evidence points to revolution, that is the liberation of all of Palestine, as
the final goal which will traverse the period of statehood to full victory.
The PLO organizational badge bears the fitting motto: “revolution until
The PLO’s historical experience as a
liberation movement provides a collective consciousness for full victory and
the elimination or utter defeat of the enemy. Born as a Third World movement
for national liberation, Fatah and later the PLO identified with the FLN
Algerian struggle against French colonialism, the Vietnamese war against
American imperialism, and the South African campaign against white racism.
Meeting Nelson Mandela in Cairo in 1990, Arafat declared “We’re in the same
It is the Vietnam model in particular
which seems to have guided the path of PLO strategy, because the Palestinians
were not only inspired by guerrilla war tactics from Southeast Asia but also
by political tactics of pliancy and subterfuge. The PLO learned from the
Vietnamese that signing agreements, like the Geneva Accords of 1954 and the
Paris Accords of 1973, would facilitate but not block the dogged advance to
complete victory. Thus the “mini-state” approach, as an embryonic fetus within
the 1993 Oslo Accords, would galvanize Palestinian revolutionary energies,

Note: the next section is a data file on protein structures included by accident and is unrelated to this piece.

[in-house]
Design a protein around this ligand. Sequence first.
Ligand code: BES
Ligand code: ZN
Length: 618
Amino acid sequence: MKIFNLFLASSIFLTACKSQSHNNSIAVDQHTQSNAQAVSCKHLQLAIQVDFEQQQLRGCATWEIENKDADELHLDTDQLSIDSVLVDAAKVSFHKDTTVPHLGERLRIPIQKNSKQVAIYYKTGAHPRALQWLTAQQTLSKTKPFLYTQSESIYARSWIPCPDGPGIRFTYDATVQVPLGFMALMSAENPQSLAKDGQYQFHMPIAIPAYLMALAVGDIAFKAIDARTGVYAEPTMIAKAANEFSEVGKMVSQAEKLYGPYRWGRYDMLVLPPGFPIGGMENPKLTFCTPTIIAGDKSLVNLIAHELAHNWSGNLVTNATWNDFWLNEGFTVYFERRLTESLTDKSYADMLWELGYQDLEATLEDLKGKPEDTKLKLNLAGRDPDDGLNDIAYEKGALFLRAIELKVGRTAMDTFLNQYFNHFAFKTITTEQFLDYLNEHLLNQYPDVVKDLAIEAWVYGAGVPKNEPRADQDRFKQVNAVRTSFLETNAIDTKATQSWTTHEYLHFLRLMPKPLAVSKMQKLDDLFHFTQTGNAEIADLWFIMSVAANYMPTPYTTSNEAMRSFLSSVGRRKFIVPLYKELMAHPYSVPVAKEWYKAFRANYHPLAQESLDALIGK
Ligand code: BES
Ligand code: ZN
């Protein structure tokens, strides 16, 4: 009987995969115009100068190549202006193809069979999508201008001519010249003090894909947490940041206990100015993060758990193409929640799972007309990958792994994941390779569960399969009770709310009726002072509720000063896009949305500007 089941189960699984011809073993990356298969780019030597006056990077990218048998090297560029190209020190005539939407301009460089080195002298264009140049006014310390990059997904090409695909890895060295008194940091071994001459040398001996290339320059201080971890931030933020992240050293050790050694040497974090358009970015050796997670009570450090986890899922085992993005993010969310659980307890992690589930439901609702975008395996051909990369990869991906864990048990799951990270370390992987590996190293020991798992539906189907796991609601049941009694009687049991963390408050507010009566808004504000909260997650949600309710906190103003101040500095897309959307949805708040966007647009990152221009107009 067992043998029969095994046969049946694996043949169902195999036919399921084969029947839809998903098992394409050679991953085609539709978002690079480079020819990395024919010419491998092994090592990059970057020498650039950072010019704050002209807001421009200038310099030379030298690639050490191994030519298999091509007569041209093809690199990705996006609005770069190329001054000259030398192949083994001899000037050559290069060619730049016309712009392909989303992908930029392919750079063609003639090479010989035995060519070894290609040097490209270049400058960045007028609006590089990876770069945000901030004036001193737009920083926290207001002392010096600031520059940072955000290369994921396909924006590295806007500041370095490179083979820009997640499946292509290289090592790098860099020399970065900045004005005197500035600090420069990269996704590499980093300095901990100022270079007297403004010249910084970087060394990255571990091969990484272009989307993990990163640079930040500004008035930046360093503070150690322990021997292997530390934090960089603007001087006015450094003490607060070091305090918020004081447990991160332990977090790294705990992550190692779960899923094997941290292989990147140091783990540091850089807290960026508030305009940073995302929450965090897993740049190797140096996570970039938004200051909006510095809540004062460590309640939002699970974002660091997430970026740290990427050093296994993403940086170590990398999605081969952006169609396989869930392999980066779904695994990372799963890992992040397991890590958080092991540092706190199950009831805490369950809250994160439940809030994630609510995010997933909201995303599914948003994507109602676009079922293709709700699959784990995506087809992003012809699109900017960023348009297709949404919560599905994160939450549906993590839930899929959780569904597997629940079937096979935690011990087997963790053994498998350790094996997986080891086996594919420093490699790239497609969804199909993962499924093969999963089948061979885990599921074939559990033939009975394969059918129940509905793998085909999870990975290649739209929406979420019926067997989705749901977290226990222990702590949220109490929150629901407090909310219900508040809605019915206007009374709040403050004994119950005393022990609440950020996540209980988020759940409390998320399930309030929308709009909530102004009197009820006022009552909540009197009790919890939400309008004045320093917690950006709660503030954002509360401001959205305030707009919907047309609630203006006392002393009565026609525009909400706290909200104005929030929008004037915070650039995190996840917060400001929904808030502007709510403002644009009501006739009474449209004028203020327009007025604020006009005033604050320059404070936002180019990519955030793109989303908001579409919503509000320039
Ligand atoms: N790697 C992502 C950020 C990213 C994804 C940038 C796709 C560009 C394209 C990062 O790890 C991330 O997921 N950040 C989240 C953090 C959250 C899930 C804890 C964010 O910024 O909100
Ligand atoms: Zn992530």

while atrophying the spirit and eroding the will of Israel. Peacemaking, in
essence, was not a matter of principle but practicality. And as South Vietnam
and Saigon fell in 1975 following the Paris Accords, so would Israel and
Jerusalem fall following the Oslo Accords of 1993 according to this subtle
revolutionary and political model of victory.32
When Arafat addressed the UN General
Assembly in 1974, he made a dramatic gesture that in one hand he held the
olive branch and in the other the freedom fighter’s gun. He concluded his
remarks with the phrase: “it is in Palestine that peace will be born.” By
laying the guilt for the conflict on Israel’s shoulders, and threatening a
violent response if Israel would not surrender or be compelled to surrender by
the international community (read: the United States), Arafat demonstrated his
dexterous capacity for bellicosity couched in a pose of goodwill.
The Palestinians have basically never
given up their aspiration for achieving their end through any means and
methods available. In 1989 Faisal al-Husseini, a prominent Palestinian
responsible for Jerusalem in the name of the Palestinian Authority, intimated
the preference for the unity of Palestine, rather than a two-state solution as
conventionally advocated.33 Nabil
Shaath, the Minister for International Cooperation in the PA, was emphatic in
stating in 1992 that: “...nothing that we [the Palestinians] will
sign now will preempt our right to negotiate the right of return, or full
political rights to self-determination, and our right to an independent state.”34
These demands together would emasculate
the Jewish state.
Some Palestinian leaders abandoned any
last shred of circumspection to the wind. Arafat himself reportedly stated in
a closed session with Arab diplomats in Europe on January 30, 1996, that the